Obama mistaken for waiter, valet driver, and wife Michelle for shop assistant

US President Barack Obama and his family (from left), daughters Malia and Sasha, First Lady Michelle Obama and mother-in-law Marian Robinson, attend the lighting of the National Christmas Tree near the White House in Washington, Dec 4, 2014. Barack a
US President Barack Obama and his family (from left), daughters Malia and Sasha, First Lady Michelle Obama and mother-in-law Marian Robinson, attend the lighting of the National Christmas Tree near the White House in Washington, Dec 4, 2014. Barack and Michelle Obama have revealed their experiences of racism in a wide-ranging interview with celebrity weekly People Magazine published Wednesday. -- PHOTO: REUTERS

WASHINGTON (AFP) - Barack and Michelle Obama have revealed their experiences of racism in a wide-ranging interview with celebrity weekly People Magazine published Wednesday.

Mrs Obama recalled an incident in a Target department store where she appeared to have been mistaken for a shop assistant; US President Obama revealed he had once been mistaken for a waiter at a black-tie gala.

"I tell this story - I mean, even as the first lady during that wonderfully publicised trip I took to Target, not highly disguised - the only person who came up to me in the store was a woman who asked me to help her take something off a shelf," Mrs Obama told People.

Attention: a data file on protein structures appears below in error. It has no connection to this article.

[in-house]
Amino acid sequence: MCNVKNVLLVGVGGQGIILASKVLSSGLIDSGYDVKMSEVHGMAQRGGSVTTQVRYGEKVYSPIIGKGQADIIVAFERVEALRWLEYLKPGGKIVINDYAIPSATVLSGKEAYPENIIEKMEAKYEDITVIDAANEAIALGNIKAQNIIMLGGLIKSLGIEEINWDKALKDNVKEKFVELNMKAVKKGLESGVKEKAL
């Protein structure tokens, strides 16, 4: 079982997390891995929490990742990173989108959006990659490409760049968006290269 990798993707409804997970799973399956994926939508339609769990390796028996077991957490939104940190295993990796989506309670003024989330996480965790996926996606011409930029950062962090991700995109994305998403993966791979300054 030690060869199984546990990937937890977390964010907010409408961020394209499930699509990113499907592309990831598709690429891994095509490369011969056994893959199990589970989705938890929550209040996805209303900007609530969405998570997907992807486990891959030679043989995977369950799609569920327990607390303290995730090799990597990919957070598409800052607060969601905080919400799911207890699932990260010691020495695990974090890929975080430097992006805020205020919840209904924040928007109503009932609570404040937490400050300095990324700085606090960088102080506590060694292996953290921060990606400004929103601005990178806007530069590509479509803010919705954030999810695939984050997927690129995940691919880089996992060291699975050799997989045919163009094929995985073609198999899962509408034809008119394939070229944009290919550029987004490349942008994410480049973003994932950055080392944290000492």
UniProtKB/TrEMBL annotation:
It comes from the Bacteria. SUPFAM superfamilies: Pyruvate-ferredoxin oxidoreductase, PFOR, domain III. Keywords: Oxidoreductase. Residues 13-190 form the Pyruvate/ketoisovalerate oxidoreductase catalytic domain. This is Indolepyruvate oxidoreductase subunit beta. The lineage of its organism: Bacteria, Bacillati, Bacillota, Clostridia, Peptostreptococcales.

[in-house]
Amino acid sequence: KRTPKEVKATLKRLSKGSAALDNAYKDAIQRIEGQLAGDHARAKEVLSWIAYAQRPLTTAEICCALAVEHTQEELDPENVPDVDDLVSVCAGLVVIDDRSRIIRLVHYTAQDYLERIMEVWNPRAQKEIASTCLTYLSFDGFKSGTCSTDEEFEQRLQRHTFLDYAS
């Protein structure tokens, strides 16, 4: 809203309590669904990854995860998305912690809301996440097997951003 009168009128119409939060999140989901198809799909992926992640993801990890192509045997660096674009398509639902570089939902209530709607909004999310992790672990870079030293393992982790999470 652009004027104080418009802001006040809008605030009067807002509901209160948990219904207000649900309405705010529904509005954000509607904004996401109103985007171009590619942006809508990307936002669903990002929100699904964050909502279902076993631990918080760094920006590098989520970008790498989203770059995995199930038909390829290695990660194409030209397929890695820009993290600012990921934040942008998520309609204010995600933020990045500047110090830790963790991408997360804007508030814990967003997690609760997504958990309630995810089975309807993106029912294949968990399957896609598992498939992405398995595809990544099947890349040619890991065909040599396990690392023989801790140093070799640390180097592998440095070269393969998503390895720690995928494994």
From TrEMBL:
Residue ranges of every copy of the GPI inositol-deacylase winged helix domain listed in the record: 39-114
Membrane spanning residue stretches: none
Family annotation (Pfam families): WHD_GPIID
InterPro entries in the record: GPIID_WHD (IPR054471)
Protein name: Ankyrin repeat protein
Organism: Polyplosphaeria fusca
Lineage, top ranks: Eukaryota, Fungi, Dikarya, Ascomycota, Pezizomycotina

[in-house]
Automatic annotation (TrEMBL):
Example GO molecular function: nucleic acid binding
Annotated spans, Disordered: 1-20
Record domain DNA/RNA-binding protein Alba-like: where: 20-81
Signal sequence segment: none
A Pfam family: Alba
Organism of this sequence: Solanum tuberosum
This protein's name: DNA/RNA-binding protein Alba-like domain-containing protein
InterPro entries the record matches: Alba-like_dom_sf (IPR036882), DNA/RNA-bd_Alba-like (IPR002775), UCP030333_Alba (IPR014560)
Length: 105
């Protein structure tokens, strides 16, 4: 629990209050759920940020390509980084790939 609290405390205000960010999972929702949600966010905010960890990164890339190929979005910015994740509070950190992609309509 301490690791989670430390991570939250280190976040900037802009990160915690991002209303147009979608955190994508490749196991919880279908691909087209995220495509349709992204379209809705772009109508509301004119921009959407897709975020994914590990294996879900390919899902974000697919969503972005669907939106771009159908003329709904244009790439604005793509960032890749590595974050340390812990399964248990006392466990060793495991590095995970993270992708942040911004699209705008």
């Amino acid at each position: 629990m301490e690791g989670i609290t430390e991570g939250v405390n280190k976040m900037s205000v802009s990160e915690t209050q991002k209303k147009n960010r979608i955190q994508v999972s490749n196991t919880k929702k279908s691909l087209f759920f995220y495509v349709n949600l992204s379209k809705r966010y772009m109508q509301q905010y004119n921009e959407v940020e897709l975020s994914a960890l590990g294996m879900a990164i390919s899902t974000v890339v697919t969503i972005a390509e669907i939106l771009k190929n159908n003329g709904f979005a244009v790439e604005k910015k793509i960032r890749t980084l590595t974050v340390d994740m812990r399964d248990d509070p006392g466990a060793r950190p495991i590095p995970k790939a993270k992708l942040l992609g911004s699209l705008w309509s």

"These incidents in the black community, this is the regular course of life."

President Obama said he had variously been mistaken for a parking attendant and a waiter in the past.

"There's no black male my age who's a professional who hasn't come out of a restaurant and is waiting for their car and somebody didn't hand them their car keys," Mr Obama said, confirming it had happened to him.

Mrs Obama added: "He was wearing a tuxedo at a black tie dinner, and somebody asked him to get coffee."

The Obamas' reflections come at a time of national debate about racism and racial profiling in America following the deaths of several unarmed black men at the hands of white police officers.

Mr Obama was quick to put his own experiences in the context of the indignities suffered by previous generations and more recent cases.

"The small irritations or indignities that we experience are nothing compared to what a previous generation experienced," Mr Obama said.

"It's one thing for me to be mistaken for a waiter at a gala. It's another thing for my son to be mistaken for a robber and to be handcuffed, or worse, if he happens to be walking down the street and is dressed the way teenagers dress."

The Obamas said they had been engaged in a discussion about race with daughters Sasha and Malia since they were young.

"What we have tried to explain is that history doesn't always move as fast as we'd like; that there are vestiges of slavery and Jim Crow," Mr Obama said.

"And although things have gotten enormously better, those biases are still there."